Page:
On the way back down to the main road I managed to get myself almost completely soaked. The mist and drizzle had thoroughly wetted all the manzanita and other brush that encroached on the trail and it was impossible to keep the water from seeping into all my clothing. The long sleeve T-shirt was looking like a definite liability under my jacket by this time. Commonsense probably should have had me aborting the outing by this time, but it didn't stand a chance against my stubbornness and the nasty thought of having to reschedule this yet again. I don't do well once my hands freeze up, but I disregarded this danger and simply packed up the milk I had cached and continued up the road. Actually, even that wasn't so simple. My fingers were so cold by now that I had trouble operating the zippers on my pack and even the chest clasp. There was almost no pressure that I could exert between my thumb and other fingers to grasp or hold stuff. I felt like a mess, with only the distant hope that the weather might improve given enough time. It was a poor choice that I recognized even at the time, but I wasn't willing to give up.

I was also unable to operate my camera, so for a four hour stretch I took no pictures. There wasn't much to take photos of anyway, as everything was buried in the clouds and there wasn't a view of more than a few hundred yards in any direction. In this fashion I plodded my way all the way to West Big Pine at the farthest distance from the trailhead, some 18 miles or so. Though this was only the second of the four peaks, it gave me something to celebrate, as it was the only one of the four I hadn't been able to climb previously. Even if I didn't get all four today, I would be able to claim West Big Pine, and in all liklihood would not attempt the Big Four dayhike again in the future. I was barely able to open the register and had to hold the pencil in my fist to make a scrawled entry. The wind was blowing pretty good my now, but there were signs of improvement. The constant drizzle had stopped about 30 minutes earlier, and though my upper body was still quite wet, my pants were beginning to dry out. My hands were still the worst, as I was unable to find a way to warm them as I hiked along. The pockets of my pants and jacket were both damp, and the gloves were wet through. I tried various combinations over the last several hours to no success, but at least they didn't go completely numb - I could still flex my fingers on command, even if I could barely hold a pencil.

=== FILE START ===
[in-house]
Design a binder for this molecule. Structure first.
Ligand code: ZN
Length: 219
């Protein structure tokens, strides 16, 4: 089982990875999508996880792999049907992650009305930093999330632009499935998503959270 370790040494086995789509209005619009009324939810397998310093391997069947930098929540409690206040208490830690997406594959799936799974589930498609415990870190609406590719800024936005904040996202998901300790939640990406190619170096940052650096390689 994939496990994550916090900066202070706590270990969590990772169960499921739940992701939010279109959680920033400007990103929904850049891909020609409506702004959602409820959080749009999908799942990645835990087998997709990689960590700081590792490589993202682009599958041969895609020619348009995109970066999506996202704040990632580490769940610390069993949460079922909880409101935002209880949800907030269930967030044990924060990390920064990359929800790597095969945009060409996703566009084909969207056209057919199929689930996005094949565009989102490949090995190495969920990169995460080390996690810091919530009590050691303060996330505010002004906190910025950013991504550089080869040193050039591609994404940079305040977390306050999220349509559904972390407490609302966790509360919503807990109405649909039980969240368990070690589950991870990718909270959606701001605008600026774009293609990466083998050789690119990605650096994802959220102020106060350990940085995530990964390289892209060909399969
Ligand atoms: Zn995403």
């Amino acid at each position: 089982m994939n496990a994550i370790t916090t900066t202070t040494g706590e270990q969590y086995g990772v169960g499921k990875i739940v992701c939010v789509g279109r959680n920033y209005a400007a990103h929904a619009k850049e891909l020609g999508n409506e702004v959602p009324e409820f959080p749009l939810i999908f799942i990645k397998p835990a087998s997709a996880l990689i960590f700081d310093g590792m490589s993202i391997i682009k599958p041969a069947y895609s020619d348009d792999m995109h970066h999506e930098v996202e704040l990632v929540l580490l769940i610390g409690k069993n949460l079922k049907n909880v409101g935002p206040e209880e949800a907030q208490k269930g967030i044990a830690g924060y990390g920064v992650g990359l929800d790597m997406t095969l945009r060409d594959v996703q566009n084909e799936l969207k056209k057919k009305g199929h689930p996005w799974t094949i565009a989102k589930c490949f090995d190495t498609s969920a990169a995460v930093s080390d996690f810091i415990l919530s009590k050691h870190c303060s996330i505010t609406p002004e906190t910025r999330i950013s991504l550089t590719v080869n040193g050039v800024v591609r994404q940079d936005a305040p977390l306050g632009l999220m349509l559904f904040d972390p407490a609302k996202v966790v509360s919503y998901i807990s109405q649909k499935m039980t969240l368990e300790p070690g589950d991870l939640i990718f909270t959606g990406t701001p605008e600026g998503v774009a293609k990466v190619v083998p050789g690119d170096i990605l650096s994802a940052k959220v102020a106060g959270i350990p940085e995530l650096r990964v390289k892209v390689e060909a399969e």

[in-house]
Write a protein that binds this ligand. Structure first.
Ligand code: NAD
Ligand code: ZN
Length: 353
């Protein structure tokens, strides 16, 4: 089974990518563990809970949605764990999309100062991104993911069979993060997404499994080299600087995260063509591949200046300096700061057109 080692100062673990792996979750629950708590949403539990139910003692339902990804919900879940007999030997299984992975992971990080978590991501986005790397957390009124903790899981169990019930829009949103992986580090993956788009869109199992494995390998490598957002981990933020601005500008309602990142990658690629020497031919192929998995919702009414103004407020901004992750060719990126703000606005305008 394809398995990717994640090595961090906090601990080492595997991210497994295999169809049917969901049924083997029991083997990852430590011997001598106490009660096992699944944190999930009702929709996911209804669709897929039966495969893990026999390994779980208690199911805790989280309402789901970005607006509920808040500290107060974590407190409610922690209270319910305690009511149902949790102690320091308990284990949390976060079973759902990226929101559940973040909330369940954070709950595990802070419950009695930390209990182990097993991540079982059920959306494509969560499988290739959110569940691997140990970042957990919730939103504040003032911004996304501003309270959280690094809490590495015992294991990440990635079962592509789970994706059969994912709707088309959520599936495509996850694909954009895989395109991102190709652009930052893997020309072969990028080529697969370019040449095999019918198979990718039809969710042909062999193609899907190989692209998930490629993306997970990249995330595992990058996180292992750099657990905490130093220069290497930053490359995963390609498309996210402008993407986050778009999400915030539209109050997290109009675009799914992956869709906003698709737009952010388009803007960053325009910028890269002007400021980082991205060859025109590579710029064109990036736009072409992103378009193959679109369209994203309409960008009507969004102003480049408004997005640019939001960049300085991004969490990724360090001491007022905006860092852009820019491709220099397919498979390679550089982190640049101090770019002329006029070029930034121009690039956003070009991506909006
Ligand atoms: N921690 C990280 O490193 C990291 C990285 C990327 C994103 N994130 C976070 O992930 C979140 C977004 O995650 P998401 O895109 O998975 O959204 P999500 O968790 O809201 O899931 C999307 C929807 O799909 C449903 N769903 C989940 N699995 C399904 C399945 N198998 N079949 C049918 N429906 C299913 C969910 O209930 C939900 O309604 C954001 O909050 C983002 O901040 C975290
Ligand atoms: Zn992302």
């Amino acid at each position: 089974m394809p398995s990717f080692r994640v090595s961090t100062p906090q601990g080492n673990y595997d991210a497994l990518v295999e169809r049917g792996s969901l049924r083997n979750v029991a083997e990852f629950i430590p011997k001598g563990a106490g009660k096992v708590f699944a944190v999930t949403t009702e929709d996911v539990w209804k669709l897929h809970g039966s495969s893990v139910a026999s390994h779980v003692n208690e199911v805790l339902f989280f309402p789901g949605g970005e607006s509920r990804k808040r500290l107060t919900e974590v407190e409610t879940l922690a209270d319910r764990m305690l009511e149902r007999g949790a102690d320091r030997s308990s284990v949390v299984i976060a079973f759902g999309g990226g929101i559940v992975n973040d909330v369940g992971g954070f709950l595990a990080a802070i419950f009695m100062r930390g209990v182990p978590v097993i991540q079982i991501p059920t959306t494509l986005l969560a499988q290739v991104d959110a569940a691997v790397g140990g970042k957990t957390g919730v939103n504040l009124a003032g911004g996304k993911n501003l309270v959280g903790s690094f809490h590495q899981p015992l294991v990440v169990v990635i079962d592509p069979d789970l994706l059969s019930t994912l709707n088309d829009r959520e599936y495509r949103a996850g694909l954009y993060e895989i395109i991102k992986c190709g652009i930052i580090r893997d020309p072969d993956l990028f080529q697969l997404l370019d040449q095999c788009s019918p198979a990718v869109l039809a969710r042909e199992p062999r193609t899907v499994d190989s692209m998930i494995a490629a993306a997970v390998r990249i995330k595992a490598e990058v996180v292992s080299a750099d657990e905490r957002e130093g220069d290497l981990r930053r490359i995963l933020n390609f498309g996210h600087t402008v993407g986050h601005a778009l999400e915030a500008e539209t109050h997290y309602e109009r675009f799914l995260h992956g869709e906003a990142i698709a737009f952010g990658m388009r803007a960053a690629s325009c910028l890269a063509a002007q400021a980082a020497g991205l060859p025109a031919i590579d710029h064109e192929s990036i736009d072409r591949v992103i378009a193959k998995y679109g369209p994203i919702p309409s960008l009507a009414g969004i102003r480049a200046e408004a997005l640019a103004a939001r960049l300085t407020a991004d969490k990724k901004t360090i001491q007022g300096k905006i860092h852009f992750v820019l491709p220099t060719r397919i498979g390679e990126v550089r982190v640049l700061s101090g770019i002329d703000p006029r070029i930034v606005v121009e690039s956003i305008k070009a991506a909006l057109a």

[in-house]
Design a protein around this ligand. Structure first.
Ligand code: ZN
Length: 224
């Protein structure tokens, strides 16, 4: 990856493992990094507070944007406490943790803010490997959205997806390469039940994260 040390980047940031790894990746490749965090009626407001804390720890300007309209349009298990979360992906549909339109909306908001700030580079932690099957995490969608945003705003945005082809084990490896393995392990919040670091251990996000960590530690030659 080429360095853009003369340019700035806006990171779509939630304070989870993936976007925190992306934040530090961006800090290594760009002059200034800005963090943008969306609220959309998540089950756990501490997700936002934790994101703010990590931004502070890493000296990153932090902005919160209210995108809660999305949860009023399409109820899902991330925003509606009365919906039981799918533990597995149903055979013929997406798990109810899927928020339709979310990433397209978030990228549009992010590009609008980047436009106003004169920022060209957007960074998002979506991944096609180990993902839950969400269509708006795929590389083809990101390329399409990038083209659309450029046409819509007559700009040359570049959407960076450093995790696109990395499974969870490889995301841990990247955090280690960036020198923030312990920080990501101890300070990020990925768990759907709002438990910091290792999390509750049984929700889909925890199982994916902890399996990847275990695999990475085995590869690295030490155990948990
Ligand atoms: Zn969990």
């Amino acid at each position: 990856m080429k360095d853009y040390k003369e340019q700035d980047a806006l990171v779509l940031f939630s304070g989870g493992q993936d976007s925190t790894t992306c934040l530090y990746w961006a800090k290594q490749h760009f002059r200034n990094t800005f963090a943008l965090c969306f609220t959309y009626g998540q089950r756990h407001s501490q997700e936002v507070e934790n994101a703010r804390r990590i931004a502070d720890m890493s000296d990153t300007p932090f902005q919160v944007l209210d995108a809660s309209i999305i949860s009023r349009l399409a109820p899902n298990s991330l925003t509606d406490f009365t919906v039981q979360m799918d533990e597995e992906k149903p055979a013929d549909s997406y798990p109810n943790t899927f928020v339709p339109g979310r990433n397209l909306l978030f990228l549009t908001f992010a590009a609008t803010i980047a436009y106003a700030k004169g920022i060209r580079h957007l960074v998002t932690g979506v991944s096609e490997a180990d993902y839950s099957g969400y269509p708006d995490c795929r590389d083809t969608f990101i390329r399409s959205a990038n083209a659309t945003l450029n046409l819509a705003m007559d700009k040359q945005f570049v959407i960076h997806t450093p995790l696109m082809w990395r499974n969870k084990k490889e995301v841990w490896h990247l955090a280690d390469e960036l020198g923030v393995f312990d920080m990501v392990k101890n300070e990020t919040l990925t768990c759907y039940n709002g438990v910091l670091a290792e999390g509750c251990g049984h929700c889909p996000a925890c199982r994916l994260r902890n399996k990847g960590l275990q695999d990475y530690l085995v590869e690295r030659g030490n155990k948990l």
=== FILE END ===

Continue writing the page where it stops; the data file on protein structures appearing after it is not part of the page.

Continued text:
As I left West Big Pine, Hope began to prevail and seemingly against all odds, the weather began to improve. The first sign was a brief clearing near West Big Pine that gave me a few seconds' view to the south. Then the sun began to grow stronger as it periodically would shine brighter through the thinning clouds above. Just having the mist and drizzle stop was a huge boon, and I began to warm up a bit as I made my way back to Big Pine Mtn. It was just after noon when I reached the top of summit #3, and I was rewarded with some actual sunshine, complete with shadows and warming rays. Life came back to my fingers. I perused the summit register while I warmed myself a bit, noting some amusing entries from some of the HPS folks. Without question, Mars Bonfire is the most prolific HPS climber, having climbed every peak on the list more than 12 times each, and showing no signs of slowing down. Since a few of the HPS peaks are simple drive-ups, there are no rules as to the mode of transportation that can be used, and Mars (and many others) has often used bicycles where legal to make things easier. Big Pine Mtn is one such peak, since the road from the TH is technically outside the Wilderness areas found on either side. Another veteran HPS member, George Wysup, has often railed against the mountain bikes in his entries from other registers I have seen. In this one he seems to take a particularly sharp stab at Mars, though his animosity seems to go beyond just the bike issue.